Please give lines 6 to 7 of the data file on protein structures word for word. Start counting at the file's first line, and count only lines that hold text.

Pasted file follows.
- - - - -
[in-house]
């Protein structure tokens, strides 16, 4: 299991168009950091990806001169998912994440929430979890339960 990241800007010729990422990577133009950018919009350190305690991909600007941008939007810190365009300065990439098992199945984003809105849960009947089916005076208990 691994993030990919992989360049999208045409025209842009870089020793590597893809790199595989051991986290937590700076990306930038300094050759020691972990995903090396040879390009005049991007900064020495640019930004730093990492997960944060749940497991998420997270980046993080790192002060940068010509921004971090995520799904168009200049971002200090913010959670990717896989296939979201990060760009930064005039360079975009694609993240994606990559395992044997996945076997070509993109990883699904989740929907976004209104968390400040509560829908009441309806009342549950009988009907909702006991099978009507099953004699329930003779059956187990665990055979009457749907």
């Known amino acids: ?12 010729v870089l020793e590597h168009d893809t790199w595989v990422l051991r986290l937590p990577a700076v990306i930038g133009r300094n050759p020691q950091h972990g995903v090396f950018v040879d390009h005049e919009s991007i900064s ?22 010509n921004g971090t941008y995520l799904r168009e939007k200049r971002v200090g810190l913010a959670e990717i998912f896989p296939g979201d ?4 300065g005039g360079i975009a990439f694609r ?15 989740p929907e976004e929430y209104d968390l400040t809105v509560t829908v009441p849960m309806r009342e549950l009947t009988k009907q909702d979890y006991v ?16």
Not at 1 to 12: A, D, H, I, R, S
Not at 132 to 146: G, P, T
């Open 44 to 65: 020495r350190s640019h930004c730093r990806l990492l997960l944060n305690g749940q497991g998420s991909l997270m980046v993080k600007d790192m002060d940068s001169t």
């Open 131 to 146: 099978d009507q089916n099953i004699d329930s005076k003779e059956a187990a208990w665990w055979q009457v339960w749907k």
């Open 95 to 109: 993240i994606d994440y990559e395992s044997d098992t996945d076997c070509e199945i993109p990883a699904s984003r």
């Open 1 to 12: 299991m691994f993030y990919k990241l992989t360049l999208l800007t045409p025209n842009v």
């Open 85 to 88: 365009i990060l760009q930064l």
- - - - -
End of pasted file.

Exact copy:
């Open 44 to 65: 020495r350190s640019h930004c730093r990806l990492l997960l944060n305690g749940q497991g998420s991909l997270m980046v993080k600007d790192m002060d940068s001169t």
């Open 131 to 146: 099978d009507q089916n099953i004699d329930s005076k003779e059956a187990a208990w665990w055979q009457v339960w749907k």